AI in Medical Devices May Transform Healthcare
The article When We Put AI in Medical Devices, Magic Starts to Happen recently came across my news feed. It’s hard not to see how much artificial intelligence is being leveraged all around us, though I was surprised to learn that more than 350 AI-based medical devices have already been approved by the FDA. Many of these devices are already making big impacts in the healthcare industry. Specifically, implementation of computer vision techniques has had an amazing impact.
Examples of AI in Medical Devices
As we are all aware, the healthcare industry has been hit hard by staffing shortages, making it very challenging to schedule even simpler procedures such as an ultrasound.Caption Health is revolutionizing how ultrasounds are given. The ultrasound system they developed uses AI to guide nurses giving the ultrasound, even interpreting the ultrasound right on the screen. This allows a much wider range of healthcare workers to give ultrasounds, not just a specialized sonographer.
AI has also changed the way patients can get an MRI. Traditionally, MRI equipment filled an entire room, requiring patients to be transported to the equipment. Hyperfine’s development of their Swoop system - an AI enabled portable MRI allows the equipment to come to the patient, even into an operating room. Their implementation of computer vision provides the necessary image fidelity that the smaller hardware cannot natively provide.
Limiting the Expansion of AI
Dr. Kimberly Powell, vice president of healthcare at Nvidia, stated that there are some key areas of limitations to the growth of AI in healthcare. The availability of platforms powerful enough to handle sending the AI to other hardware or software without using the cloud is a primary challenge. The latency issues with moving significant amounts of image data to a cloud-based endpoint and the added risk of a network connection being a single point of failure are only a couple of the considerations making dependency on cloud processing less than desirable. This was the reason Nvidia created Clara Holoscan, one of 3 robotics platforms by Nvidia. This platform is designed to be the foundation of real-time intelligent instruments which do all processing on-device.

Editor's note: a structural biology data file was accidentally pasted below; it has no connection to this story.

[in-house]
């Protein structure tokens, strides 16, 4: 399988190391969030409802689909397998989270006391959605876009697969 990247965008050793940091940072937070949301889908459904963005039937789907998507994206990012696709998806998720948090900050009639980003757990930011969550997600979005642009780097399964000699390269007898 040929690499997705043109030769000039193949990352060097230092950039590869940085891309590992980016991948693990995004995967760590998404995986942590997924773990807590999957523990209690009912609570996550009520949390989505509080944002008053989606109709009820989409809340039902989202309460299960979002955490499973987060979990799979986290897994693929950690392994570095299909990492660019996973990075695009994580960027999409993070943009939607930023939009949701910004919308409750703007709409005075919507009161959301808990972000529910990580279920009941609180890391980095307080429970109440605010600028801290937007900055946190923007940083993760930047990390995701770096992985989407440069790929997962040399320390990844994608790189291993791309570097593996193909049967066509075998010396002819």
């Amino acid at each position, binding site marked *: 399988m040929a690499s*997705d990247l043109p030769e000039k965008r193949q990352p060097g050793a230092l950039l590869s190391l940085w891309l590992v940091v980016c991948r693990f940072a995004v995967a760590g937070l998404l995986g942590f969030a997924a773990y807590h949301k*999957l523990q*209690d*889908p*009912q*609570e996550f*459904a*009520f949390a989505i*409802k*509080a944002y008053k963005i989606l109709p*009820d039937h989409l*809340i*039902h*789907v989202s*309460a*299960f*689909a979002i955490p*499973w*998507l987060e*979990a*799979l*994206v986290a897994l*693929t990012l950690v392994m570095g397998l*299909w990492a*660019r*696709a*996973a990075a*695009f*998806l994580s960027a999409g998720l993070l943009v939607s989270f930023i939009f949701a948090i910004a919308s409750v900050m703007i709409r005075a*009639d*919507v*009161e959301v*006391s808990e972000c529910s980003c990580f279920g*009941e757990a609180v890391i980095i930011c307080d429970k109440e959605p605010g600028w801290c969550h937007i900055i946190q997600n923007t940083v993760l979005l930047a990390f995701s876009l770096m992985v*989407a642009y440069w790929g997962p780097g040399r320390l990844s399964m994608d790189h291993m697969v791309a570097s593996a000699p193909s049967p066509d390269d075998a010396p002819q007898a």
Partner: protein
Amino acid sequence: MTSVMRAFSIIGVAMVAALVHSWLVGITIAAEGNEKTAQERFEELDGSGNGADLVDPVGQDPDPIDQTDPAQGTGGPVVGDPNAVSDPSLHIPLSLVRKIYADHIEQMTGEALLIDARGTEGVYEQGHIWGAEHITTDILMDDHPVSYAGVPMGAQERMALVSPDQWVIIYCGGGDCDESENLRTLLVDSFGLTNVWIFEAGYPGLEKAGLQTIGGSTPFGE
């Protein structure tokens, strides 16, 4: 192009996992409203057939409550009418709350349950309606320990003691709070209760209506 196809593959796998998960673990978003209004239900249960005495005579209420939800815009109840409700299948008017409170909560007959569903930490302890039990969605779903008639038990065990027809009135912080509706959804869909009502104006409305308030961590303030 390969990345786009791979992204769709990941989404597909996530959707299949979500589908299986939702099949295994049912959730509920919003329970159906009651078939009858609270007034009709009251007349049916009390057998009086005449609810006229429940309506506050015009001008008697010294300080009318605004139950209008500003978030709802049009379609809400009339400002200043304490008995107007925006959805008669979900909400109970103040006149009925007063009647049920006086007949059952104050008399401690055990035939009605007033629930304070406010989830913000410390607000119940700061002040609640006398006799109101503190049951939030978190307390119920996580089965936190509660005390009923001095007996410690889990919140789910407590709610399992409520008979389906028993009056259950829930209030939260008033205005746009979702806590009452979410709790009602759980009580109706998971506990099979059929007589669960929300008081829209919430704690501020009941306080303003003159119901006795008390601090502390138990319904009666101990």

The lack of data available to train AI, especially regarding rare illness or disease, is another significant limiting factor. Dr. Powell suggests the solution here is more AI to create synthetic data, such as the 100,000 images of brains recently created by King’s College London I find this a fascinating methodology for the creation of training data. The team at King’s is hoping to expand the coverage of their data to any part of the human anatomy and across multiple types of medical imaging.
Nvidia is also working to address the need for the development of the complex AI algorithms through their AI framework MONAI. MONAI contains all the tools needed to label data, create synthetic data, train models, validate models in the real world, then connect them to the Clara Holoscan platform for deployment.
As The Refinery focuses our efforts as a MedTech software implementer, I continue to be more and more excited about these great advancements in technology, and the great opportunity they present to improve peoples’ quality of life. We really do “live in the future”.